But if we take refuge in Christ, then we can know and have the full assurance that God punished our sin by punishing Jesus in our place. And in exchange for the sins we put on Christ, he gave us his perfect life: the perfect life without sin that he lived in our place. 

So now the rebels can—in perfect justice—become those who are protected by the King. Justice has been done; the wrath of God against his people has been spent; so there is no longer anything that God holds against us.

Just as we saw last week that Jesus is the “happy man” of Psalm 1, Jesus is the gracious King of Psalm 2. He is the King God put in power over his people; he is the warrior who reigns over the entire world, and who will one day judge the living and the dead. 

And he is the King who invites us—his enemies—to come and take refuge in him. 

So you have to ask yourself this morning: Are you, like these enemies, in rebellion against your King?

Have you rejected him? Have you told him—explicitly, or implicitly through your life—that you want nothing to do with him? Have you perhaps partially submitted to him, while keeping a hidden corner of your life for yourself?

If you are still living in rebellion against Jesus, your King, then you have to know that the threats of Psalm 2 are directed toward you. This psalm is trying to help you see how laughable your rebellion is. It doesn’t hurt God, anymore than an adult is hurt when an angry baby smacks his hand away. When speaking of entire nations, David says,  

Why do the nations rage 

and the peoples plot in vain? 

It is fundamentally stupid to rage and plot and rebel against the God of the universe. If that is true for entire nations, how much truer is it for you?

You might imagine you’ll be able to hide from God in some way, but friends, there are only two choices here. Either we receive the mockery and the wrath of God full in the face (if we persist in our rebellion), or we receive his protection and his grace (if we run to him to find our refuge). 

The question is, how do we do that? How do we come to him?

David tells us how. 

First of all, we listen to his warnings. V. 10:

Now therefore, O kings, be wise; 

be warned, O rulers of the earth. 

You see, he’s stopped threatening—he is now inviting them to wake up. To realize they are about to fall over the edge of the cliff face, and to run to the protection offered to them.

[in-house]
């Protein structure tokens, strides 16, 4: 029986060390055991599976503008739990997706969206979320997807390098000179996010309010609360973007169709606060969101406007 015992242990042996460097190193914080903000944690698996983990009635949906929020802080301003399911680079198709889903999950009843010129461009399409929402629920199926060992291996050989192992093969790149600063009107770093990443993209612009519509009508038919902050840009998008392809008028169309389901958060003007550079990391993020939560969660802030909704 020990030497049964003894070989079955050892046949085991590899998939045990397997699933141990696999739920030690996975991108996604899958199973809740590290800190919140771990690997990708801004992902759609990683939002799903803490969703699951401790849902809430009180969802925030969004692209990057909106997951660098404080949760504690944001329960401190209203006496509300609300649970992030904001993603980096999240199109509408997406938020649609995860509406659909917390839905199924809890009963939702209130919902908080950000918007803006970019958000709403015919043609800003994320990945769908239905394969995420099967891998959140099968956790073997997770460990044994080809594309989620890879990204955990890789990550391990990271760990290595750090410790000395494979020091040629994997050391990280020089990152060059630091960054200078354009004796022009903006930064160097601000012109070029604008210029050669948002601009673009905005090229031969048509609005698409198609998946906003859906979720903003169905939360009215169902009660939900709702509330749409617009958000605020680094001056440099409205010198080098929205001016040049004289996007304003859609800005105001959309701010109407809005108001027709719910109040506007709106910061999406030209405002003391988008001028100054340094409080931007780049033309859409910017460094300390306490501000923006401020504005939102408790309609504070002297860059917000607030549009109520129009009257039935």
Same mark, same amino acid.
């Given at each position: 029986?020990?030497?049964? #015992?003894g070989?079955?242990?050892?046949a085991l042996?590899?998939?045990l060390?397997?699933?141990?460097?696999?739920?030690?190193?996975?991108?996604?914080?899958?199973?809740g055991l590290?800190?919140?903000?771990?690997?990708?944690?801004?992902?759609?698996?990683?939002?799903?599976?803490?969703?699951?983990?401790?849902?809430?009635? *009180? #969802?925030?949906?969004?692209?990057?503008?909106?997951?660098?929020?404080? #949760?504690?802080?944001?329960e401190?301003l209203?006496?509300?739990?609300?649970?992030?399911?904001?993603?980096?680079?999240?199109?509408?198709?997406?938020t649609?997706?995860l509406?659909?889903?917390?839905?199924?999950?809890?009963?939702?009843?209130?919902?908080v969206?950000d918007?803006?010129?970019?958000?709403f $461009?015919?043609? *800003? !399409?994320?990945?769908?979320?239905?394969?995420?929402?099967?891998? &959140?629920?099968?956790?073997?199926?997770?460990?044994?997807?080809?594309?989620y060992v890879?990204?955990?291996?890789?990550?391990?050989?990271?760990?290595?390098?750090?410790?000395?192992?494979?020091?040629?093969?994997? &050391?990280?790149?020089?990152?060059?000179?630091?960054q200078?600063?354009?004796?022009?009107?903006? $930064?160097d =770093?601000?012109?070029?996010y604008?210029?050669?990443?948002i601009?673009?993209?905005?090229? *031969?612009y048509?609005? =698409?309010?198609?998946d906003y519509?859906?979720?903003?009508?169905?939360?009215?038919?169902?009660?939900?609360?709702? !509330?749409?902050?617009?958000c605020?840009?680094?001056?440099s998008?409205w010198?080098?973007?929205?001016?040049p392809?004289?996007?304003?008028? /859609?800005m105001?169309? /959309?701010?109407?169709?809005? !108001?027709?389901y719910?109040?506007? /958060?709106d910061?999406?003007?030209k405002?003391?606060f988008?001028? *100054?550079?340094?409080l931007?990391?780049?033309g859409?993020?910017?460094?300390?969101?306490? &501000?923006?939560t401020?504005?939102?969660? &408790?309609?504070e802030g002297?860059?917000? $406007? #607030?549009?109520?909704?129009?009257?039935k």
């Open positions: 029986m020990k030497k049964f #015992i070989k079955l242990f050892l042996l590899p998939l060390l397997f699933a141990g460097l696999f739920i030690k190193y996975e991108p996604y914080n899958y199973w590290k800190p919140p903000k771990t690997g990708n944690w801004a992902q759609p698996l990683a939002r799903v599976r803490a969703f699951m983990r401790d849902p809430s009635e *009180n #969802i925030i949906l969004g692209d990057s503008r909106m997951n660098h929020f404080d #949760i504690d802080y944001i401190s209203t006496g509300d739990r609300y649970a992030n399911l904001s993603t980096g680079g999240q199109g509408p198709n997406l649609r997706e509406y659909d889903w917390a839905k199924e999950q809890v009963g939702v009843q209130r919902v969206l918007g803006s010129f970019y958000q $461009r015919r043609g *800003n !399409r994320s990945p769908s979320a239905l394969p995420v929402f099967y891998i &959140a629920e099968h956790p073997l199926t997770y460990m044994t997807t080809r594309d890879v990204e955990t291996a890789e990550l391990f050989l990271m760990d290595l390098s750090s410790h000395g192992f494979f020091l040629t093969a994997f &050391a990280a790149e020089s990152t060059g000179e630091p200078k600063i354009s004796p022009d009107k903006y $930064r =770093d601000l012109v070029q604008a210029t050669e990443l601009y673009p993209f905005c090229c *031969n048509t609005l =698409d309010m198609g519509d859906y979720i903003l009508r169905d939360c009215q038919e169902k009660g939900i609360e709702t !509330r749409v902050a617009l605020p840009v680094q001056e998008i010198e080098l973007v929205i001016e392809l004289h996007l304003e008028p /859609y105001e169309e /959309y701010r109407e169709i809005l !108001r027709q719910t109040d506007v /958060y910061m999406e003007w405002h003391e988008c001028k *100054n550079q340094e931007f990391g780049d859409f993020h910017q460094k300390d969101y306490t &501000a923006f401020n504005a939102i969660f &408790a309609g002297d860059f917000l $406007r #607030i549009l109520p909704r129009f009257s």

Secondly, we serve and rejoice with fear and trembling. V. 11:  

Serve the Lord with fear, 

and rejoice with trembling. 

You see the parallel. Serve…with fear. That, we get. Submission and fear often go hand in hand. 

But “Rejoice…with trembling”? These aren’t two things that we would naturally put together.

Here’s why David says it that way.

He says it that way to help us see that God’s protection and approval are not to be taken lightly. When we serve God, we serve him with the full knowledge that he deserves to be served. 

But at the same time, he wants to help us remember the wonderful privilege it is to be able to serve God. Why? Because we were created to serve God, and because we don’t deserve to be spared. We deserve God’s wrath, not his grace. And yet not only did he pour out his wrath on Jesus instead of on us…he now gives us the unique opportunity to finally do exactly what we were created to do.

And there is nothing that produces more joy than doing what you know you were made to do.

Thirdly, we submit to the Son. V. 12:  

Kiss the Son, 

lest he be angry, and you perish in the way, 

for his wrath is quickly kindled. 

We remember that God’s wrath burns against our sin, and the only way to escape that wrath is to submit to the One who steps in and takes our place. We submit to his authority and to his goodness, and we accept his grace with all of the emotion and all of the fervor he deserves. (This translation “Kiss the Son” is a term of joyful submission, not of half-hearted servitude.)

Lastly, we take refuge in him. 

Psalm 1.1 says,  

Blessed is the man…[whose] delight is in the Law of the Lord...

Psalm 2.12 says, 

Blessed are all who take refuge in him.

We can only be truly and fully happy—as we were created to be—if we take refuge in the King—Jesus Christ, who perfectly fulfilled the Law of the Lord for us, so that his law might be for us a source of pleasure, and not a reason for judgment.

So take refuge in him this morning. Submit to his gracious rule. Serve him fearfully and gladly. Take what he says seriously, and rejoice with a great and serious joy.